My focus as their LO must also remain on their education. It's very important for them to know the facts regarding all their financial options and the costs of selling and buying their home.It's at this point that I find many Home Sellers are surprised there are Seller's Costs involved in the sale of a home. And specifically, what those Seller's Costs will total for them.Costs that remain the responsibility of a Home Seller in the Chicagoland/IL area typically include:
- Real Estate Commissions (if Agent(s) services utilized)
- Title Company expenses
- Attorney Fees (if Attorney services utilized)
- Contractual Items (if involved in Sale/Contract)1. Survey2. Termite Inspection3. Home Warranty Costs4. Home Inspection Repairs5. Real Estate Transfer Taxes/Fees
- Real Estate Tax Proration (owed to Home Buyers at the time of Closing)I'm sure other locations/states have other Sellers' costs that could be included in this list, but again ... these are costs often seen in the Chicagoland/IL housing market(s).Typical Seller Costs can range anywhere from 8% to 10% of the Contract Price ... and are dependent on the costs agreed upon in your specific transaction.Example:Sales Price = $200,000Typical 8% to 10% Seller's Costs = $16,000 to $20,000So how do you calculate the Net Proceeds you'll realize from your home sale?Example: How to Figure Net ProceedsSales Price- (minus)Total Seller's Closing Costs- (minus)Current Home's Mortgage Balance= (equal)Final Net Proceeds of Home SaleThe dollars represented by your Final Net Proceed represents the money available to you for your next home purchase (for Down Payment and Closing Costs).The above calculations, the menu of costs (both sales and purchase), the variety of possible sales/purchase scenarios and options, and need for information and sound advice ... reveal the vital importance of seeking and working with experienced professionals (both Mortgage and Real Estate).My strong recommendation is: Always seek that professional guidance and info PRIOR to taking any action regarding the sale of your current home or purchase of a new home.To assist in your search for info, please consider reading my posts:Bottomline: Make sure you take the time to ask questions. Get fully-informed. Then make your decisions. You'll be glad you did.* When in need of Mortgage info or service when buying or refinancing a home in New Lenox - elsewhere in Chicagoland - IL & WI, contact me. I'll be happy to put my 40+ years of mortgage experience and expertise hard to work on your behalf.I'm easily found at:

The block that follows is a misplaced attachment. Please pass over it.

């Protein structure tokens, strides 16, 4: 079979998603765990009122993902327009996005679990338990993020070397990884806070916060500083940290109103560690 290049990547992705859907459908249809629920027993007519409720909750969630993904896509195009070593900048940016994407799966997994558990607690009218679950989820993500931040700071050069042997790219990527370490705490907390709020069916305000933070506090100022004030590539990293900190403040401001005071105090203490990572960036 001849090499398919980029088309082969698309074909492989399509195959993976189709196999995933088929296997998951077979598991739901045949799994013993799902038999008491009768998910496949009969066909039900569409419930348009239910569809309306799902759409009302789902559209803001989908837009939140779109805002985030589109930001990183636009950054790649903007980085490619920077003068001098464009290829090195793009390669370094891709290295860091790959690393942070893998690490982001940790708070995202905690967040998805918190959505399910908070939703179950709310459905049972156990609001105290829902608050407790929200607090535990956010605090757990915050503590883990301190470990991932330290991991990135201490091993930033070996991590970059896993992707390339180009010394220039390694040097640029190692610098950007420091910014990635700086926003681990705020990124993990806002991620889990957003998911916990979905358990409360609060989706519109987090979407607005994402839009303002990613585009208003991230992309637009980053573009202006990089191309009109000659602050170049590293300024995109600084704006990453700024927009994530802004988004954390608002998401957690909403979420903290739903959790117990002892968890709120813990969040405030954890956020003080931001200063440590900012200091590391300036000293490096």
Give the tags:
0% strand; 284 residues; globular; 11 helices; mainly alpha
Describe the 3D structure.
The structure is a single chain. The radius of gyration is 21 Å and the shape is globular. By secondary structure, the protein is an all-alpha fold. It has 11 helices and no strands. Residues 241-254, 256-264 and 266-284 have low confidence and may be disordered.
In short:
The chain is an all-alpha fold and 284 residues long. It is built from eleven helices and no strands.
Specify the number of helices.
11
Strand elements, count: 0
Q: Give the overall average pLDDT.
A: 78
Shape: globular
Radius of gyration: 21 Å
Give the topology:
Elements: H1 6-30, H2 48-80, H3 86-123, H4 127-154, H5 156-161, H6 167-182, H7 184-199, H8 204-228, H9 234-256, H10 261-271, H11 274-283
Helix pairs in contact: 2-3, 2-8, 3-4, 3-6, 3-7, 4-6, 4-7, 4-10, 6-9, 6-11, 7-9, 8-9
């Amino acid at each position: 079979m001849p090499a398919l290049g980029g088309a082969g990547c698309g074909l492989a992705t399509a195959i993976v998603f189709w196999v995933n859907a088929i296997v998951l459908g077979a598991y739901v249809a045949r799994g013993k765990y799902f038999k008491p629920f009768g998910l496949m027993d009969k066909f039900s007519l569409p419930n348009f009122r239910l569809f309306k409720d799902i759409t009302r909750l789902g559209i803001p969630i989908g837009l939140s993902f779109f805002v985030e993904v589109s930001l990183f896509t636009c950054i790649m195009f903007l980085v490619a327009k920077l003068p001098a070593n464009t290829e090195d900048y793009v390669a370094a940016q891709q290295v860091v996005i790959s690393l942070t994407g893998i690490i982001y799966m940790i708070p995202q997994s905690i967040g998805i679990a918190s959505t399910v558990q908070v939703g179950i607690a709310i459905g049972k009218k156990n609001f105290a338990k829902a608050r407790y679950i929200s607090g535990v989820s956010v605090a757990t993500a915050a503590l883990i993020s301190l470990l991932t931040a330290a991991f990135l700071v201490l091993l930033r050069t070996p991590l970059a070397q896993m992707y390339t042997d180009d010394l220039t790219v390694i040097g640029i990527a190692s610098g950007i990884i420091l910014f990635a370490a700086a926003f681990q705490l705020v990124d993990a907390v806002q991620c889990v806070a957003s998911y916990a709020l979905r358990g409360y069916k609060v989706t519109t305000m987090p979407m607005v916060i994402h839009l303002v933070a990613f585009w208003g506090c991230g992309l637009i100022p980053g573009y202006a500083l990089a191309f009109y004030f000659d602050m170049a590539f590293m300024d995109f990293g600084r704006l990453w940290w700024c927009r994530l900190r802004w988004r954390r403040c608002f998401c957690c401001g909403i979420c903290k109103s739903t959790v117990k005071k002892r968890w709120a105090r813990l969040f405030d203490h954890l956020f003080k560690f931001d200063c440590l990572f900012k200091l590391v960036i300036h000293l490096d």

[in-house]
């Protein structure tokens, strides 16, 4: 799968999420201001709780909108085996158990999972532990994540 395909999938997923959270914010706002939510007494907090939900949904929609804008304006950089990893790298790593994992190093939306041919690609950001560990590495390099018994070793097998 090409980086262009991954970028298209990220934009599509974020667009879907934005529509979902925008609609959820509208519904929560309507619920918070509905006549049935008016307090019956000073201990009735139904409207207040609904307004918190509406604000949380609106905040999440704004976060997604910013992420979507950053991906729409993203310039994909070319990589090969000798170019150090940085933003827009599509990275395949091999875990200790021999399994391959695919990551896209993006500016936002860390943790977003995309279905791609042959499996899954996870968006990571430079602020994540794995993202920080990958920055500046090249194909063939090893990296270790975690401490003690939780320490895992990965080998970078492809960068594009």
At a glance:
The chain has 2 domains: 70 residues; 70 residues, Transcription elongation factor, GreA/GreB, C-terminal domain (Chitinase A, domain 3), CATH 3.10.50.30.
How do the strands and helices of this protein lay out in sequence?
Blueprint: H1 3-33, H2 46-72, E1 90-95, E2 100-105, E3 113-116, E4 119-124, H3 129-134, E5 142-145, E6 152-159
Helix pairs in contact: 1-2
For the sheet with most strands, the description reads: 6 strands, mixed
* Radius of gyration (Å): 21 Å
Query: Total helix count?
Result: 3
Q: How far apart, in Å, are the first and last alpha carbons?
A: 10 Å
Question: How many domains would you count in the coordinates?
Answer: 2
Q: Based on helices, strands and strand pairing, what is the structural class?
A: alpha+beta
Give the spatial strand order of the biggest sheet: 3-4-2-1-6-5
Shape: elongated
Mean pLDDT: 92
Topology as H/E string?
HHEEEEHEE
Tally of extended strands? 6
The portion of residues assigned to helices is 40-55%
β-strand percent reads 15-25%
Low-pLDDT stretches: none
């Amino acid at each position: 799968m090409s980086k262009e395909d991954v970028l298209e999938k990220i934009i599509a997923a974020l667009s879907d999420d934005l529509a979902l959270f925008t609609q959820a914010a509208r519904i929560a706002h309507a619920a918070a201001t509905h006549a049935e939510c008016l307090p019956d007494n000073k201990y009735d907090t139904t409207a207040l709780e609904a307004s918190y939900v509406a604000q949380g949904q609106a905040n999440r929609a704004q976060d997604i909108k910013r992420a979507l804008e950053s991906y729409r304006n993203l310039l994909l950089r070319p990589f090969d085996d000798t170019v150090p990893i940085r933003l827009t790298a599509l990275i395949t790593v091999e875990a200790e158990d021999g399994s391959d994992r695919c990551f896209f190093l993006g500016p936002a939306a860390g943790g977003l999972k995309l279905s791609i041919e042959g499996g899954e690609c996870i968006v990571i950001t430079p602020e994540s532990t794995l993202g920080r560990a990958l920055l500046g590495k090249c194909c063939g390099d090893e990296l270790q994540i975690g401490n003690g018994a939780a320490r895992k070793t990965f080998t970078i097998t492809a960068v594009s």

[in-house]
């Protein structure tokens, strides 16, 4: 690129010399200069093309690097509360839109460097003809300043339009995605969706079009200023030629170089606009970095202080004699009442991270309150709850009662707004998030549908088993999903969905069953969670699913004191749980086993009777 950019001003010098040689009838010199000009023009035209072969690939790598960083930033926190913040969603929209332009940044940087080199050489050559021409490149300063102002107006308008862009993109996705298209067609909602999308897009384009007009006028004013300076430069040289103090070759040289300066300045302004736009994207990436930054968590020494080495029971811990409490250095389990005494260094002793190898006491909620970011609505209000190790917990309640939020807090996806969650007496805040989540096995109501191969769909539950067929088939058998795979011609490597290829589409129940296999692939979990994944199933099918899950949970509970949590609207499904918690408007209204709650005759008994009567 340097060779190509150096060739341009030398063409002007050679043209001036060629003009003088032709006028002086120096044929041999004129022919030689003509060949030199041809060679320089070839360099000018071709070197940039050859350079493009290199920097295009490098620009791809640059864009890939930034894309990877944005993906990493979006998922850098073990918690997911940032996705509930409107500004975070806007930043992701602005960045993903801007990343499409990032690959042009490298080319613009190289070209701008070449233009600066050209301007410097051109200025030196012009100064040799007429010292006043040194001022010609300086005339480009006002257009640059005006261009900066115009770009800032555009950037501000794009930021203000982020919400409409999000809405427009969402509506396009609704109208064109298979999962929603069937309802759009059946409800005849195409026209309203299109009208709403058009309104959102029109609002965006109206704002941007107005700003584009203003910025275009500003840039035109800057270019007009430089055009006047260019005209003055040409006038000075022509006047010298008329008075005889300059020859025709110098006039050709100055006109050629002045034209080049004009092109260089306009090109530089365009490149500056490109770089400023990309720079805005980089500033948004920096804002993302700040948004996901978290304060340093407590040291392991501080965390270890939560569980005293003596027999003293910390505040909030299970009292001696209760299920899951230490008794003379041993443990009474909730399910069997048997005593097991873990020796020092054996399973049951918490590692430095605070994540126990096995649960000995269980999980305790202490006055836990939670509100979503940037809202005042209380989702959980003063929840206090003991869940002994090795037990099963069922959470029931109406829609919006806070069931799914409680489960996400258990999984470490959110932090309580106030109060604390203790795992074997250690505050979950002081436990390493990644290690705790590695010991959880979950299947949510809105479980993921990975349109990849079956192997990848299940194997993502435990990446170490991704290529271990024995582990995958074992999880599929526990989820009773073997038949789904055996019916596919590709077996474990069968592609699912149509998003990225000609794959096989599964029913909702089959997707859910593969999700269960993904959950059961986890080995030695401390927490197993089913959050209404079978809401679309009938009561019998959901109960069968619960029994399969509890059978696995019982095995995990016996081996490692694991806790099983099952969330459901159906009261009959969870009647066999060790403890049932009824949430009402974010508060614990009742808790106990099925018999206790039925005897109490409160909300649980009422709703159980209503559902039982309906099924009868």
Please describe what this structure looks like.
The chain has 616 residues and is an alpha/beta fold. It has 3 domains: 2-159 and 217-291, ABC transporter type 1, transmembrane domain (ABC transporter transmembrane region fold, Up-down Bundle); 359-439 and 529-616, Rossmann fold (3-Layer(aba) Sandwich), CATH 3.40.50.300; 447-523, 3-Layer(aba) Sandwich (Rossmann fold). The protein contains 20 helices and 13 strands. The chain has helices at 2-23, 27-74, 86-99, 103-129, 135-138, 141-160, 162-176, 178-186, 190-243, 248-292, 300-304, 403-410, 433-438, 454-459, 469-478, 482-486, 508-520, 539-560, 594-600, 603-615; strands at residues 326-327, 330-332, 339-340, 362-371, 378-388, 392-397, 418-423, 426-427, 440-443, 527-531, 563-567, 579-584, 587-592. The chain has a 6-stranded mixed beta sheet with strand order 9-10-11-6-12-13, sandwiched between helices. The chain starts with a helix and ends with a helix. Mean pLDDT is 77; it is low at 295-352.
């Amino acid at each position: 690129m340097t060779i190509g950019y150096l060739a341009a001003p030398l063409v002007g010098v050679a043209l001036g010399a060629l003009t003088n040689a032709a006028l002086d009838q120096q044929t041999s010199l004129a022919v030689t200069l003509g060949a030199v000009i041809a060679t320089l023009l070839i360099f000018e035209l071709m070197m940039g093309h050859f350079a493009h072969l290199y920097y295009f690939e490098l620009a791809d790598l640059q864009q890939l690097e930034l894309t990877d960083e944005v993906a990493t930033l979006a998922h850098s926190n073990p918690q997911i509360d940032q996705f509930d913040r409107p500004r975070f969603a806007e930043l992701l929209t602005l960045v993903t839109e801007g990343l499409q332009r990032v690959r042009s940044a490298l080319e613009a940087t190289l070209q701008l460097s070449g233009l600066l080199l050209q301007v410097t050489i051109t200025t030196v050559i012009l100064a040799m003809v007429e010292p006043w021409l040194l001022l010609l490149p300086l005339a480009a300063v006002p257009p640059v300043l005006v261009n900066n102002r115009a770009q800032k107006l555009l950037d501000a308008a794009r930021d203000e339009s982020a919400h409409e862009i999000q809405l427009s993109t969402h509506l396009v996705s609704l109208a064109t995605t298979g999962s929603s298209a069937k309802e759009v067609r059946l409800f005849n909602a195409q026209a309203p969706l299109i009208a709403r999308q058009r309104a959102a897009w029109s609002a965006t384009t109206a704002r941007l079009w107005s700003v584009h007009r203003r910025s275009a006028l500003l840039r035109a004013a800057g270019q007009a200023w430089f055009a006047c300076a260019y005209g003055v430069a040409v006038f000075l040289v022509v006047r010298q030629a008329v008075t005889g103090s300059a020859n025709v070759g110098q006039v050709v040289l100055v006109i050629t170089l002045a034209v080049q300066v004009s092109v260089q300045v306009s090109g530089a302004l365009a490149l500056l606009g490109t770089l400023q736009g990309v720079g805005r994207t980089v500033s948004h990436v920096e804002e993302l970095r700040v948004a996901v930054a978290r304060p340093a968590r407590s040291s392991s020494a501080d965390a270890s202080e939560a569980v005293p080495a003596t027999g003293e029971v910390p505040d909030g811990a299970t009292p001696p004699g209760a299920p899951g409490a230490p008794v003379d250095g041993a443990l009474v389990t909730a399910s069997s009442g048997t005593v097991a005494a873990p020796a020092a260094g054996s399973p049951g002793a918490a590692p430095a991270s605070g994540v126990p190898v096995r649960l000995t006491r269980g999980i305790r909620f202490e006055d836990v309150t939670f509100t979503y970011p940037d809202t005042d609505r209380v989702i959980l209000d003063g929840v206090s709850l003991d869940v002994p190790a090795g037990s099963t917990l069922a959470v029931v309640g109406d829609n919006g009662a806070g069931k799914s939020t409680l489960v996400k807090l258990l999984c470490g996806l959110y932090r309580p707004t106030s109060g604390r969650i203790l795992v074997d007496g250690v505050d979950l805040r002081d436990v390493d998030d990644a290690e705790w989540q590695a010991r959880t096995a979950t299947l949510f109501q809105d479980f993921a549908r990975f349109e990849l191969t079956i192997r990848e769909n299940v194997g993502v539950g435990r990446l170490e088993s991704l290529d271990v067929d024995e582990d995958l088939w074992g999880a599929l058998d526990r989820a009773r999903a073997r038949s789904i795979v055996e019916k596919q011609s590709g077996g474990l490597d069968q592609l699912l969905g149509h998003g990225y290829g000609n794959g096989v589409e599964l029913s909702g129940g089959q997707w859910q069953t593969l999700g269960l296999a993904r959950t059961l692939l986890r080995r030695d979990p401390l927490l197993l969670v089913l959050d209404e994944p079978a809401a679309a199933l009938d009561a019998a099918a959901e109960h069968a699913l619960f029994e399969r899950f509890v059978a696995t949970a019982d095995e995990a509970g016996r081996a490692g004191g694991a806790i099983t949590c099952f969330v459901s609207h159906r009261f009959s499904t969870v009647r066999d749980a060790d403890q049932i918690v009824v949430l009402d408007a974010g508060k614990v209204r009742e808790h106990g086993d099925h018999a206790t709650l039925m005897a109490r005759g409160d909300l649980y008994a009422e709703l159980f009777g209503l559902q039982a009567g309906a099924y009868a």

Mortgage Originator - NMLS #216987
IL Lic. #031.0006220 - WI License #216987
Gene Mundt, Mortgage Originator, 40+ years of #mortgage experience, will offer you exemplary mortgage service and advice when seeking: #Conventional, #FHA, #VA, #Jumbo, #USDA, and Portfolio Loans in #Chicago and the greater Chicagoland region, including: The #Lincoln-Way Area, #Will County, (#New Lenox, #Frankfort, #Mokena, #Manhattan, #Joliet, #Shorewood, #Crest Hill, #Plainfield, #Bolingbrook, #Romeoville, #Naperville, #Wilmington, #Peotone, etc.), #DuPage County, the City of Chicago, #Cook County, and elsewhere within IL and Wisconsin.